Left Behind: How Statelessness in the Dominican Republic Limits Children's Access to Education

Report cover with photo by Greg Constantine.
By Elizabeth Gibson*

On the first day of school, children often worry whether they'll make new friends or like their teachers. But in the Dominican Republic, some confront a far graver concern: Will I be turned away because I don't have a birth certificate?

A report published today by the Human Rights Institute at Georgetown University Law Center shows that many children born in the Dominican Republic but descended from foreigners, particularly Haitians, are denied an education. For generations, such children were recognized as citizens, but within the last decade, the Dominican government has refused to issue many of them birth certificates, identity cards and other essential documentation, rendering them stateless. The report, Left Behind: How Statelessness in the Dominican Republic Limits Children's Access to Education, concludes that the Dominican Republic is failing to comply with its domestic and international human rights obligations, including the human right to education.

"We wanted to look at the human impact that statelessness has on children through the lens of education as an important enabling right," said Georgetown Law student Jamie Armstrong, LLM'14, one of the report's editors. "Education is critical to the development of a child and it is a gateway to full civil, political, economic, social, and cultural participation in society. What we found, however, is that this path is often barred with devastating consequences for children who are stateless or at risk of statelessness."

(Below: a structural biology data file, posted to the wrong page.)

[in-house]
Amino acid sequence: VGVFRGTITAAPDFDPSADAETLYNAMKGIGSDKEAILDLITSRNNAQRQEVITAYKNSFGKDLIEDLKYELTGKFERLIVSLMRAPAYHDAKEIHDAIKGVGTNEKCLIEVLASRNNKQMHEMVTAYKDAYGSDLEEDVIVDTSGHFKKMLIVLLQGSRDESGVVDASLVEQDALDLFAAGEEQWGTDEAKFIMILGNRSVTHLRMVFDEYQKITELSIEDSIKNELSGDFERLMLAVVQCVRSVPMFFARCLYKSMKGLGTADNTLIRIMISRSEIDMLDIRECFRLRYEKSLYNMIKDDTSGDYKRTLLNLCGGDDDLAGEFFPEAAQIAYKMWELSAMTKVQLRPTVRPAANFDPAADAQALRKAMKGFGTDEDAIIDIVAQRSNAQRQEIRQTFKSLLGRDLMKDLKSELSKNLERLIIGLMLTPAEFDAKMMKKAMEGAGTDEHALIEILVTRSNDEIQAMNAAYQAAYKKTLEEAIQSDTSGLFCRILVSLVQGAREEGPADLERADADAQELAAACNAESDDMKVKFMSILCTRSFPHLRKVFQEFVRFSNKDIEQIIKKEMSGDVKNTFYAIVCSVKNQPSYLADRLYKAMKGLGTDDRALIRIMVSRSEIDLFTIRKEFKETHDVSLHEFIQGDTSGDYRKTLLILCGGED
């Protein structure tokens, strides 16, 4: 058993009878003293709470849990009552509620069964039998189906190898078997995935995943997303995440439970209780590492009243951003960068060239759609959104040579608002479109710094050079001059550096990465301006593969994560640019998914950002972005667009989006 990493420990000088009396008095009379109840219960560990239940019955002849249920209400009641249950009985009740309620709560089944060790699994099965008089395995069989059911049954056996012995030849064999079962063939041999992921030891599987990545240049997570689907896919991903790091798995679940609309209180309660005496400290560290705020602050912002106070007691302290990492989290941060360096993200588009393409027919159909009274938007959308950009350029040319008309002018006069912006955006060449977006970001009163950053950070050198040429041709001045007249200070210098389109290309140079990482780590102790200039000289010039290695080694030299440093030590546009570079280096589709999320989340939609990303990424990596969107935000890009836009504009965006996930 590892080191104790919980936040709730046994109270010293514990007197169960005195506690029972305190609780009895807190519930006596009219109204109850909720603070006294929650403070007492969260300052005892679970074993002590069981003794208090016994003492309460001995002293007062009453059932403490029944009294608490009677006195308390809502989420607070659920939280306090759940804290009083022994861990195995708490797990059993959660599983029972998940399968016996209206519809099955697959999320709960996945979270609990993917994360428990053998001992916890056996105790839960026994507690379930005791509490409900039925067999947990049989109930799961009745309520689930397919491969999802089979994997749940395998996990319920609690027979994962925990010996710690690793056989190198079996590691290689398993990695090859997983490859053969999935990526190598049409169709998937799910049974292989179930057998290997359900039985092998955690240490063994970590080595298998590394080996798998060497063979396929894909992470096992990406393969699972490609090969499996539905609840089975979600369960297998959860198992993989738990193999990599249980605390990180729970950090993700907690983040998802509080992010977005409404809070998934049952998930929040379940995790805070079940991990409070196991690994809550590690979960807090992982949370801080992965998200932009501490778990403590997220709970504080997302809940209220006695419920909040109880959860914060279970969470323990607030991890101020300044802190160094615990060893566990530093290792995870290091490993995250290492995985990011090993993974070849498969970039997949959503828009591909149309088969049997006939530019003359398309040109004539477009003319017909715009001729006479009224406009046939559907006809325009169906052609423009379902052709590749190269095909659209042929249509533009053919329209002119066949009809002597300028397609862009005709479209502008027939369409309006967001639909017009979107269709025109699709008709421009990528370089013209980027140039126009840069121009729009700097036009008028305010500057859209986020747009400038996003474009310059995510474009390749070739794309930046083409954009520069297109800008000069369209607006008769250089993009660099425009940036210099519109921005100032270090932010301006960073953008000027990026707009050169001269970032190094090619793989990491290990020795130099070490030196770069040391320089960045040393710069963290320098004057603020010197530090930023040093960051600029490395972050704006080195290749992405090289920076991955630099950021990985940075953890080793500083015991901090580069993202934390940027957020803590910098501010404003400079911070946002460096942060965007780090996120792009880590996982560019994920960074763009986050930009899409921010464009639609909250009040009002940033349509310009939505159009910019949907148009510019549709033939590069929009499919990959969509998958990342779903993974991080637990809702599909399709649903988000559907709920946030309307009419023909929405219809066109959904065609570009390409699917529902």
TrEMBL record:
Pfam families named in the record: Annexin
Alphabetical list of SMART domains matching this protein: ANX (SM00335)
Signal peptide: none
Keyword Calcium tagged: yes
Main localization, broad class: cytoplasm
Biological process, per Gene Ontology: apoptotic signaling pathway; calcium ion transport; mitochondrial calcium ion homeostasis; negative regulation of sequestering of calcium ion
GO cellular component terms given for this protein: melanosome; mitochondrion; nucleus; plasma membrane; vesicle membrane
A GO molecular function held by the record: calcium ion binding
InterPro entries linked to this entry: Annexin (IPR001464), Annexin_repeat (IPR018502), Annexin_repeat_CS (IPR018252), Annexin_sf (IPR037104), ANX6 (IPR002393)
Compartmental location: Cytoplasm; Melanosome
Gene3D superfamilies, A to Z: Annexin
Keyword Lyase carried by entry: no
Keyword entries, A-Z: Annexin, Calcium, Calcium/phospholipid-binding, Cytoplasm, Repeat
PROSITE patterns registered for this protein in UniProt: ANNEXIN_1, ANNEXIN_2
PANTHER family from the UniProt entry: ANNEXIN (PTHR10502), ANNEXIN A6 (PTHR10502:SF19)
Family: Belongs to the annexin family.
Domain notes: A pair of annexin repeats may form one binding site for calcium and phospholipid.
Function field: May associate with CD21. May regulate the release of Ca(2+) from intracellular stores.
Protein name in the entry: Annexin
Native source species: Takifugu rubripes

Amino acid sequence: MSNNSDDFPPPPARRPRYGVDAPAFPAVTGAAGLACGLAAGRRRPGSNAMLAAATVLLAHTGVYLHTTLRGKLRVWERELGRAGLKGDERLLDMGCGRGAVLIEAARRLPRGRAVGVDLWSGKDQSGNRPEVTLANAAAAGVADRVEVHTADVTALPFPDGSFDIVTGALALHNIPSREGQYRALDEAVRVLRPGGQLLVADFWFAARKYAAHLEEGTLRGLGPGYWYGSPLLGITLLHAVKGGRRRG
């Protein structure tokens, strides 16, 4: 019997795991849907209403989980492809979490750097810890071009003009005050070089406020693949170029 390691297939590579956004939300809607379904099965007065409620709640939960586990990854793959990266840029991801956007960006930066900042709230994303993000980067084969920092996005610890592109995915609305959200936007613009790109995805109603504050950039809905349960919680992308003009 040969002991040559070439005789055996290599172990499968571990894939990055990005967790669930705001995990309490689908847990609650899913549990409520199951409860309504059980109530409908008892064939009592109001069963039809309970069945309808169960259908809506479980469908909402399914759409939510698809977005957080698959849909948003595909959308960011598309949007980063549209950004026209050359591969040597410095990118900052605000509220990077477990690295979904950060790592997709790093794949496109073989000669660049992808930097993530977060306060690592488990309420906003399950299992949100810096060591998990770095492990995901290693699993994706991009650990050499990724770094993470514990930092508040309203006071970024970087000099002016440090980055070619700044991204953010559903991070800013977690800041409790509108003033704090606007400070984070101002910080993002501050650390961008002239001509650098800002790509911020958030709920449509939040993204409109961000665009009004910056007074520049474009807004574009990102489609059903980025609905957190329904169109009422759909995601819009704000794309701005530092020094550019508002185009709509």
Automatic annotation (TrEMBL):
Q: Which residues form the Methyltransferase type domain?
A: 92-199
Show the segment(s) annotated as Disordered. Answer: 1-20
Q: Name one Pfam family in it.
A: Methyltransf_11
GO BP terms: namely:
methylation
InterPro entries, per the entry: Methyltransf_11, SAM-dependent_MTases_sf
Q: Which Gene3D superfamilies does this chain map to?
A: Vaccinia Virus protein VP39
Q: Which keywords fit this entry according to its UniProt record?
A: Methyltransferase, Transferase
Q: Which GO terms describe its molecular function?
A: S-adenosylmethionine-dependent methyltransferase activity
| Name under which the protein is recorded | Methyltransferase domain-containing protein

The report is the product of months of research, including interviews with dozens of affected children and families, as well as educators, advocates and government officials. Several of the Dominicans of Haitian descent interviewed were prevented from attending primary school, secondary school or university because they could not obtain identity documents. Of those allowed to attend school despite not having birth certificates, many were denied the ability to take national exams required to graduate.

All of this occurs in spite of laws, policies, constitutional provisions and international human rights commitments that are meant to guarantee children's right to education. The report found that administrative barriers, discrimination and confusion about the law has meant that in practice not all children in the Dominican Republic are allowed to go to school, even if they consider themselves Dominicans.

"We just want a miracle from God to get our documents, to have the opportunity to go to school," said one 14-year-old girl interviewed for the report.
* Elizabeth Gibson is the Senior Online Content Editor of the Summit. She also worked as one of the researchers and editors of this report.


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